"Freeze" Movement

“Freeze” Movement

On the other hand, suppose for instance that you want to photograph a seascape and make the sea look like a smooth and milky surface – the way to go is to use a sloooooow shutter speed. And by slow, I mean really slow. Most times, you’d have to use a shutter of at least 1″ (second), but I have been in circumstances where the shutter was set at 30″ or more. It all depends on how much light is available at the time of the shot. And if you think 1″ is a fast time-frame, try holding a camera steady for that long whilst taking a picture, and you’ll realise that your end result would probably be a very blurry image as a result of “camera shake”. (So as a side note to keep in mind with slow shutter speeds – use a tripod or rest your camera against a steady surface). Where else would you want to use a slow-shutter speed? Well, in many situations actually, so long as you know what you’re after. Essentially, slow shutter speeds allow more light into the photo and smoothen movement, rendering anything that moves as a blurry “ghost”. Slow shutter speeds can be used when your camera is steady and you’re photographing a still life or static object, it can be used to shoot fireworks, lightning strikes, seascapes with smooth seas, night landscapes, and anything where light-streaks are desired. If you’re unfamiliar with any of these terms, remember – the Internet is your friend. Search any of the above and you’ll see plenty of examples of photographs that, in most probability, were shot with a slow shutter speed. So the rule here is easy – if you want to capture movement, the shutter must be slow, that is, go for a long-exposure.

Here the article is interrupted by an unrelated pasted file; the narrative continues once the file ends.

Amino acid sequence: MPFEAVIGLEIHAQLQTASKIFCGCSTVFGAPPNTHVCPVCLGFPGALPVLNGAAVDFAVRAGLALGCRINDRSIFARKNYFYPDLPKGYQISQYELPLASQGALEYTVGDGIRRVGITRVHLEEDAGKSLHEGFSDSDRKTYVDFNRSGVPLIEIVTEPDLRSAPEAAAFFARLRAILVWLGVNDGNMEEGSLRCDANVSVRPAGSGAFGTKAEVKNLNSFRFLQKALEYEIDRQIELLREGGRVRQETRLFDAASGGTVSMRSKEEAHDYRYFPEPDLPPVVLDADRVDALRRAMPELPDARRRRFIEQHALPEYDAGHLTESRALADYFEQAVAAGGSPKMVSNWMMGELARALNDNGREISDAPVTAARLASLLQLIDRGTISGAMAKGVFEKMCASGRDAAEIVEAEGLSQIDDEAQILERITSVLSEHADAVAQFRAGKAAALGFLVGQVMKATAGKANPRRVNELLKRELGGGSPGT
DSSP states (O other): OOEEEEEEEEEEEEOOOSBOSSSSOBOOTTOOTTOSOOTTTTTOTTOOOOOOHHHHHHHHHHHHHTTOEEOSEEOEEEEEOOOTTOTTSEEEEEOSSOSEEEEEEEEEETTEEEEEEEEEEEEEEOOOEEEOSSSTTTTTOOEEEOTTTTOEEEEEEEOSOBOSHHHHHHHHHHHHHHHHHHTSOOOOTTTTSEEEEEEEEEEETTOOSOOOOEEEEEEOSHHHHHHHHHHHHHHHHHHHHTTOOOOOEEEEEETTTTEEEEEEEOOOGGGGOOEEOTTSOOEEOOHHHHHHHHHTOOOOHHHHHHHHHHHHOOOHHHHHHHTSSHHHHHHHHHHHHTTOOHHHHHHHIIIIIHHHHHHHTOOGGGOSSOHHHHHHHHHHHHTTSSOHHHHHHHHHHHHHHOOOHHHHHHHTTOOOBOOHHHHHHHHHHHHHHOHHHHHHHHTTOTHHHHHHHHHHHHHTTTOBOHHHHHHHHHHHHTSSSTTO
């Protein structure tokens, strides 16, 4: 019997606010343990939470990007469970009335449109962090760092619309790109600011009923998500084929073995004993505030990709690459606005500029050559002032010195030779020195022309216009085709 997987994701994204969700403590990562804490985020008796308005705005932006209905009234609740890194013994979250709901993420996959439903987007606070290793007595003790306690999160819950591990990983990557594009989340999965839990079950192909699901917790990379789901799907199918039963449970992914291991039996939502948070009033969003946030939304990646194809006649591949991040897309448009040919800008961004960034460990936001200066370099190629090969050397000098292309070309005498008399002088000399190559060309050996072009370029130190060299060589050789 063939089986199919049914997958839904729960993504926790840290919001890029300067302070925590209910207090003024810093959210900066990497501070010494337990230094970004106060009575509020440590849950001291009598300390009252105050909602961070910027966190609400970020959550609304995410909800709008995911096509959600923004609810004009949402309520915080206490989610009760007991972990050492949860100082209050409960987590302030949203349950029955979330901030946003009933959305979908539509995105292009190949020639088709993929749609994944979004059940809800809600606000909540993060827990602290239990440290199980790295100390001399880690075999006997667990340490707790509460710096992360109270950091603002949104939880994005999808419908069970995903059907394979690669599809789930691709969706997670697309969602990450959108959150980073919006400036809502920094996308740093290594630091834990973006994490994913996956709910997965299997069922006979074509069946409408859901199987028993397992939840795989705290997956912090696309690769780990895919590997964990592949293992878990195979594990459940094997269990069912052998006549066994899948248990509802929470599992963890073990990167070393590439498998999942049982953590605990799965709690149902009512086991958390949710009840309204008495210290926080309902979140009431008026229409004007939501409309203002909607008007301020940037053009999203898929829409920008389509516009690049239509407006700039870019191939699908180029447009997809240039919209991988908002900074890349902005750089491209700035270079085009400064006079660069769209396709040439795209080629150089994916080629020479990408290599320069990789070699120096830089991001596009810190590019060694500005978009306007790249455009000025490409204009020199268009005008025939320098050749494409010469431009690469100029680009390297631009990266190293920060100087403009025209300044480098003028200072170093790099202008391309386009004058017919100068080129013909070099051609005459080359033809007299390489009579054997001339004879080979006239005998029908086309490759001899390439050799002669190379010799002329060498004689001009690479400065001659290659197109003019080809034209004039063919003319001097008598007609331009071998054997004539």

Motion Blur

Motion Blur

Of course, I’m sure that this blog might have raised as many questions as it could have answered, so if that’s the case, leave comments and send me your queries and I’d be happy to answer. As a recap, I’ll make it simple to remember:

  1. Action is fast, so go for a fast shutter speed.
  2. Movement takes time, so give it time by selecting a slow shutter speed.

One final comment – don’t take my word for it. Try it out. Make mistakes. Learn by doing – and when you get the hang of it, break the “rules” and see what happens. Sometimes, you’ll find artistic possibilities increase when you leave the rules behind you and make your own! Enjoy experimenting!